How one of the most beautiful parks in Ukraine’s capital is changing its face with the war and is becoming a memory to the dead.
The Hryshko National Botanic Garden slopes down the western bank of the Dnipro River in the heart of Kyiv. When the line of trees dips with the incline of the earth you can see Ukraine’s great river winding through the capital city on its long journey to the Black Sea, flanked by bridges and domed churches.
I am greeted by Olena from Peli Can Live, a Ukrainian NGO which is developing an irrigation system for the garden and running a campaign to keep its greenhouses heated through the upcoming winter, when Kyiv is expected to suffer power-cuts under Russian bombardment. She tells me that the garden helped to calm her mind amidst the stresses of the war, or when she worried about her friends in Russian occupied territory and the threat of air strikes.
Despite its location in the heart of Kyiv, the sprawling capital city is largely hidden from view in the garden, giving a visitor the impression of being in the midst of a boundless forest deep in the past. The greenery provides a sanctuary for biodiversity, including birds and wildlife such as the red squirrels which have all but disappeared from my homeland. The garden hosts a collection of rare plant-life and species from around the world which can be studied by scientists such as Yuri Klymenko the Head of the dendrology department in the Botanic Garden. who has worked in the garden for over four decades.
Olena and I are far from the first to acknowledge the calming and regenerative properties of this green oasis. We come across the graves of monks who meditated here and a woman on her way to pray. There is a church in the centre of the garden and another snuggled at its feet by the river named St Michael’s Monastery; this one older even than the Mongol invasion of 1241 — it reaches as far back as the 10th century, Yuri says. He goes on to tell of how when Volodymyr converted to Christianity in 988, he ordered the idols of the land’s pagan gods to be cut down and thrown in the river where the city’s inhabitants were then baptised en masse. When one of the idols washed up on the riverbank, Volodymyr built the Christian monastery so as to prevent people from worshipping their old god there.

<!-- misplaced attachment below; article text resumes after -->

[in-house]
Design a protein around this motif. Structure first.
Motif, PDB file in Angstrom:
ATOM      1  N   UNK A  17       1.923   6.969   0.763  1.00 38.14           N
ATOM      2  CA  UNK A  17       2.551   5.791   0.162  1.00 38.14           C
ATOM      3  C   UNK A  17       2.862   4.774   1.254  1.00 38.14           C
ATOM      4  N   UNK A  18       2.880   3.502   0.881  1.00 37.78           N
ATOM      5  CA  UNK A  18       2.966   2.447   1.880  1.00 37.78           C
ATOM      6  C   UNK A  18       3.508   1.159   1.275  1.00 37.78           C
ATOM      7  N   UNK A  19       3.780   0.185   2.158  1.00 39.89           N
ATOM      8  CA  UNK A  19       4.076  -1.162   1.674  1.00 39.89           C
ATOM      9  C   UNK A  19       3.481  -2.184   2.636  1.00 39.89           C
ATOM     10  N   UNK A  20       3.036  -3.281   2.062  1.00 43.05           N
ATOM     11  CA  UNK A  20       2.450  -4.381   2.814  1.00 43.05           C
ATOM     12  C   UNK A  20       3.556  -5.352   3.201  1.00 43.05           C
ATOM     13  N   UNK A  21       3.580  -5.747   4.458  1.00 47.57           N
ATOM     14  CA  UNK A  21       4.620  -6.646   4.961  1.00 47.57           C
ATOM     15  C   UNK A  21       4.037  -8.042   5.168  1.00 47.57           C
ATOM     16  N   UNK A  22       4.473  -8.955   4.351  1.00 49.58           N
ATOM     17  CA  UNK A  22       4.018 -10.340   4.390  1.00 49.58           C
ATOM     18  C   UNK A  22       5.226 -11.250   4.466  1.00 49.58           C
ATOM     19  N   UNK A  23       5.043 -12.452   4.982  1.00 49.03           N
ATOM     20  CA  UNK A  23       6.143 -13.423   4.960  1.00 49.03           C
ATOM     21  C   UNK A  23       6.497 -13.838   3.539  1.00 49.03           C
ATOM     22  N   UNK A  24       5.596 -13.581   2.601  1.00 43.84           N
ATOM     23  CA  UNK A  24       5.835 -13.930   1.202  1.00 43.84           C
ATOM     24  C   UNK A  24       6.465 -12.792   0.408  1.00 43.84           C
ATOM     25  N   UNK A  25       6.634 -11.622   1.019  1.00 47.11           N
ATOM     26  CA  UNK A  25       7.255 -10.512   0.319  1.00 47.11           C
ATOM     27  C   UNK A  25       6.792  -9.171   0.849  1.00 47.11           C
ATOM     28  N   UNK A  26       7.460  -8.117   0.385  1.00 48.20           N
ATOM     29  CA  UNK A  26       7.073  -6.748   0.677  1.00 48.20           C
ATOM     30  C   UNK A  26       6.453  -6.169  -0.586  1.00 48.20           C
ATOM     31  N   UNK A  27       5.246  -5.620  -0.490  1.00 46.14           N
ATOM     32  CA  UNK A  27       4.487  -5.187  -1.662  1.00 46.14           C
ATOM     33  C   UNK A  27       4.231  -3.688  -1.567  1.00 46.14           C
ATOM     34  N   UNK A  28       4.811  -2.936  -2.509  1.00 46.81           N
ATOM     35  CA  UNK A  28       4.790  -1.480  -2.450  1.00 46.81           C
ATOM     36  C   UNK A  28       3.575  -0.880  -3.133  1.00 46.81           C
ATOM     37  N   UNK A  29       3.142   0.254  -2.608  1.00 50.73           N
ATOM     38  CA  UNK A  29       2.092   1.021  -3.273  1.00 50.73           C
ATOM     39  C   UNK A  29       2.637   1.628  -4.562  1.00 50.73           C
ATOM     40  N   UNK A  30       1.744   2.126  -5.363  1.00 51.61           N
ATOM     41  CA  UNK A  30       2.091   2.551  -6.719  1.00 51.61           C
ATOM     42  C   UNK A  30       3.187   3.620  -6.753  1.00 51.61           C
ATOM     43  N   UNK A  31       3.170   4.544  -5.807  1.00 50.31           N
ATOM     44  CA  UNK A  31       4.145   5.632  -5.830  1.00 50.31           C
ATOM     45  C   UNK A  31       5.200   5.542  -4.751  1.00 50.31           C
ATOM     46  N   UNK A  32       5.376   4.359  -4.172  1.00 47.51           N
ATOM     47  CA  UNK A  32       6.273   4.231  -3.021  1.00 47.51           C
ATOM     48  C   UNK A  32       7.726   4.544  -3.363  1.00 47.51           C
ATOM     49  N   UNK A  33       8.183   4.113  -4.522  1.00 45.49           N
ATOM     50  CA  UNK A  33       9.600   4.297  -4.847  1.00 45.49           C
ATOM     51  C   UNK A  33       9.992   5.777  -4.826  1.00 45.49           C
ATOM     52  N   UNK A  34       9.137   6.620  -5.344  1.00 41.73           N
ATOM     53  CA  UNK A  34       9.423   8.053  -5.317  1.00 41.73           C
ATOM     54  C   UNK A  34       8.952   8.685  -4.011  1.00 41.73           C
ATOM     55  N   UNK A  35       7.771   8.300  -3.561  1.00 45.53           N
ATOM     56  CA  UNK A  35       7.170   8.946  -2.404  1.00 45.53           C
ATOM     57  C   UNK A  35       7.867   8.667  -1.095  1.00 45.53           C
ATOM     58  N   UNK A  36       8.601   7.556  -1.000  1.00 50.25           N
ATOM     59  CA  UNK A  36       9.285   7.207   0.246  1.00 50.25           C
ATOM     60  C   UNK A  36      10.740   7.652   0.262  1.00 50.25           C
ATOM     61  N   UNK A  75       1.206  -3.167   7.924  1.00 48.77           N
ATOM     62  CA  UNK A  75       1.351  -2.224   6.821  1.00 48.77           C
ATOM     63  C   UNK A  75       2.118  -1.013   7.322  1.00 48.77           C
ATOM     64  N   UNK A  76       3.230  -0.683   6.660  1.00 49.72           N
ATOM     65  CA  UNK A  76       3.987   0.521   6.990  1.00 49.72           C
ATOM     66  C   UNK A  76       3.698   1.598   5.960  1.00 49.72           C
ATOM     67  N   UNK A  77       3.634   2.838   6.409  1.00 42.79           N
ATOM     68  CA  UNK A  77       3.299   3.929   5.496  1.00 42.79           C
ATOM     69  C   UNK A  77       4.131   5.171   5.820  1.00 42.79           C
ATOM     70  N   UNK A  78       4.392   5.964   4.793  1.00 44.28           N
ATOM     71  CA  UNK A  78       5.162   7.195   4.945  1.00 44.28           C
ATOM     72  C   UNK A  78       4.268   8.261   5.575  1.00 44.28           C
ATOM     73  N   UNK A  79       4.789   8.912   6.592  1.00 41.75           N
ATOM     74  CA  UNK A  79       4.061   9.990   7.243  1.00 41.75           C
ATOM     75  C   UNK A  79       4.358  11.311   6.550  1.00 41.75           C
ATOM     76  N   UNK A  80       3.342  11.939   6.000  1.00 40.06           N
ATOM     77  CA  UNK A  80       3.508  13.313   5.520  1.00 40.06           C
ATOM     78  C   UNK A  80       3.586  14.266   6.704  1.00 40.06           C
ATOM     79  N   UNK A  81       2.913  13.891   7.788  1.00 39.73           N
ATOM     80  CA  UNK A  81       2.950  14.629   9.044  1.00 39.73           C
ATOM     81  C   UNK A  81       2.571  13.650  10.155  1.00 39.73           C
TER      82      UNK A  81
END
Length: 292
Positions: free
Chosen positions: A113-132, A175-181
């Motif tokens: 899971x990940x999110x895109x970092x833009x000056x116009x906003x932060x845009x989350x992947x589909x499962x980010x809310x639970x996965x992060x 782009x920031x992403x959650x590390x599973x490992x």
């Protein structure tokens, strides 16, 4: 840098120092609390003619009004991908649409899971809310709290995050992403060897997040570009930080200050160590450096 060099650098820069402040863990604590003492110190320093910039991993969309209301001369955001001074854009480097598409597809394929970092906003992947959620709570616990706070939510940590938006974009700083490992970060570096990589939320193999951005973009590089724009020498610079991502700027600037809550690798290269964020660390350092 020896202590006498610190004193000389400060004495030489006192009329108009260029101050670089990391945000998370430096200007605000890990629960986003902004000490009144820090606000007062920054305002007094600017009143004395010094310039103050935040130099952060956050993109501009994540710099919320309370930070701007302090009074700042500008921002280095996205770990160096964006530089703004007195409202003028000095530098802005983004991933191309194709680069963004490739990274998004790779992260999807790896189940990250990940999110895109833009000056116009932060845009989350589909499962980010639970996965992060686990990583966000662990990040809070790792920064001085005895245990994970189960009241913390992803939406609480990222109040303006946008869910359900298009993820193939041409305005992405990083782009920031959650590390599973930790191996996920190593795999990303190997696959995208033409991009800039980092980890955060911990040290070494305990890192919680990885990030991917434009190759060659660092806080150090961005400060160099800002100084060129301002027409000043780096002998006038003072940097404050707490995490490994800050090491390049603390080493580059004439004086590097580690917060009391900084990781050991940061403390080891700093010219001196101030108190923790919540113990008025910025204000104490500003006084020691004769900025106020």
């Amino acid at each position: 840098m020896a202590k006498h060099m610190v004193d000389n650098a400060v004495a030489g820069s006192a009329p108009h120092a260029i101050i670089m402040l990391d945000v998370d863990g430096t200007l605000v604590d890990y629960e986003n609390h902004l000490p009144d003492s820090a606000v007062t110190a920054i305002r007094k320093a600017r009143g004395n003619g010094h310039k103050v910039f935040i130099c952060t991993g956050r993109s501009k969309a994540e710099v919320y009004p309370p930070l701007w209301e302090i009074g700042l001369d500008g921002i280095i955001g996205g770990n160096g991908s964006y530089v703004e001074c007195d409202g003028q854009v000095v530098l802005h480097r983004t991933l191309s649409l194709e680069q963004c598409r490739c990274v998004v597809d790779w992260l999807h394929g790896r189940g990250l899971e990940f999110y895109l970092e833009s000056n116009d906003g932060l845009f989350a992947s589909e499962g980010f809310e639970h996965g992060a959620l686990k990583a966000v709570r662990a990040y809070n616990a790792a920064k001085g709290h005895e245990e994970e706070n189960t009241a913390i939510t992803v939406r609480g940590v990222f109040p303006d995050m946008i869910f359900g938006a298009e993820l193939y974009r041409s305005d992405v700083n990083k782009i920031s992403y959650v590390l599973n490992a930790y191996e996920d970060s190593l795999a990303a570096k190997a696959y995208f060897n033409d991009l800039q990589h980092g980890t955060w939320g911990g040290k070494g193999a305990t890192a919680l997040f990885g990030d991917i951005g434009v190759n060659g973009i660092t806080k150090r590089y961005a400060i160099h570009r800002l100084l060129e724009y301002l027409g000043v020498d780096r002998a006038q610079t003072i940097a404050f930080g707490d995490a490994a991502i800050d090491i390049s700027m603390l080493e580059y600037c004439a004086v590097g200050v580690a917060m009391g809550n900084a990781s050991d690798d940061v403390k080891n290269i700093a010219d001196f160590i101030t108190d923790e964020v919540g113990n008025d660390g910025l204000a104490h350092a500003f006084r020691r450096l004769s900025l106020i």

Following the path there is a viewpoint that looks down upon the church, focussing it as the centrepiece between two forested slopes backgrounded by the Dnipro; a deliberate design, according to Yuri. When the garden was conceived under the Soviets, it was unsafe to have the main point of composition be the dome of a church because of communism’s antagonism to organised religion – anything related to religion was prohibited.
“But Leonid Rubtsov, the founder of the Dendrarium in the Botanical Garden didn’t care, he said I want to do it and he did it. Now it is even hard to explain why, what was wrong with that.”
As the team dug trenches for the new irrigation system they found traces of a king’s palace from the tenth century, where the ruler would have enjoyed easily defensible high ground and good hunting. “It was the tenth century, because in 966 another king attacked this territory and destroyed everything here,” Yuri explains. Evidently, the conservation of space for nature has the happy corollary of also conserving a rich history.